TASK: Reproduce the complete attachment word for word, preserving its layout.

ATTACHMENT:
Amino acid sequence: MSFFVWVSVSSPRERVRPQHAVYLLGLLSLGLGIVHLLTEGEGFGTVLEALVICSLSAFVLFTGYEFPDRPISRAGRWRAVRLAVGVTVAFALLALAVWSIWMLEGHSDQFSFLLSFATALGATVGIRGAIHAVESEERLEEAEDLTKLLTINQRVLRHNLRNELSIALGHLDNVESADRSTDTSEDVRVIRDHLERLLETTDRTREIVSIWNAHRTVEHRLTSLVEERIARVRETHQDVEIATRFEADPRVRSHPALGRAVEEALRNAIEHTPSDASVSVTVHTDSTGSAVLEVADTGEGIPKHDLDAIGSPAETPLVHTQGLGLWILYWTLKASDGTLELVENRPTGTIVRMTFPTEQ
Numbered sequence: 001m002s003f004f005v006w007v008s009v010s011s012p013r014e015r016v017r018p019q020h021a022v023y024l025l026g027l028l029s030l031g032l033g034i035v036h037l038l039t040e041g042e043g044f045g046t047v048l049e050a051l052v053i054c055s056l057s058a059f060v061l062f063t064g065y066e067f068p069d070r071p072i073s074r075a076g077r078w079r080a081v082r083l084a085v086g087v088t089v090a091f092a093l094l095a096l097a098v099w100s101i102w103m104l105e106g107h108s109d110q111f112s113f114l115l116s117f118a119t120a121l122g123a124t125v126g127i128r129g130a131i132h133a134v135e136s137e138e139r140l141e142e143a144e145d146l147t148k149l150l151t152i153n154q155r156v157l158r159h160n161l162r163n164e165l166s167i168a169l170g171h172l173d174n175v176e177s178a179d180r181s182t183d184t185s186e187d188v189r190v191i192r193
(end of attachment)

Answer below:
Amino acid sequence: MSFFVWVSVSSPRERVRPQHAVYLLGLLSLGLGIVHLLTEGEGFGTVLEALVICSLSAFVLFTGYEFPDRPISRAGRWRAVRLAVGVTVAFALLALAVWSIWMLEGHSDQFSFLLSFATALGATVGIRGAIHAVESEERLEEAEDLTKLLTINQRVLRHNLRNELSIALGHLDNVESADRSTDTSEDVRVIRDHLERLLETTDRTREIVSIWNAHRTVEHRLTSLVEERIARVRETHQDVEIATRFEADPRVRSHPALGRAVEEALRNAIEHTPSDASVSVTVHTDSTGSAVLEVADTGEGIPKHDLDAIGSPAETPLVHTQGLGLWILYWTLKASDGTLELVENRPTGTIVRMTFPTEQ
Numbered sequence: 001m002s003f004f005v006w007v008s009v010s011s012p013r014e015r016v017r018p019q020h021a022v023y024l025l026g027l028l029s030l031g032l033g034i035v036h037l038l039t040e041g042e043g044f045g046t047v048l049e050a051l052v053i054c055s056l057s058a059f060v061l062f063t064g065y066e067f068p069d070r071p072i073s074r075a076g077r078w079r080a081v082r083l084a085v086g087v088t089v090a091f092a093l094l095a096l097a098v099w100s101i102w103m104l105e106g107h108s109d110q111f112s113f114l115l116s117f118a119t120a121l122g123a124t125v126g127i128r129g130a131i132h133a134v135e136s137e138e139r140l141e142e143a144e145d146l147t148k149l150l151t152i153n154q155r156v157l158r159h160n161l162r163n164e165l166s167i168a169l170g171h172l173d174n175v176e177s178a179d180r181s182t183d184t185s186e187d188v189r190v191i192r193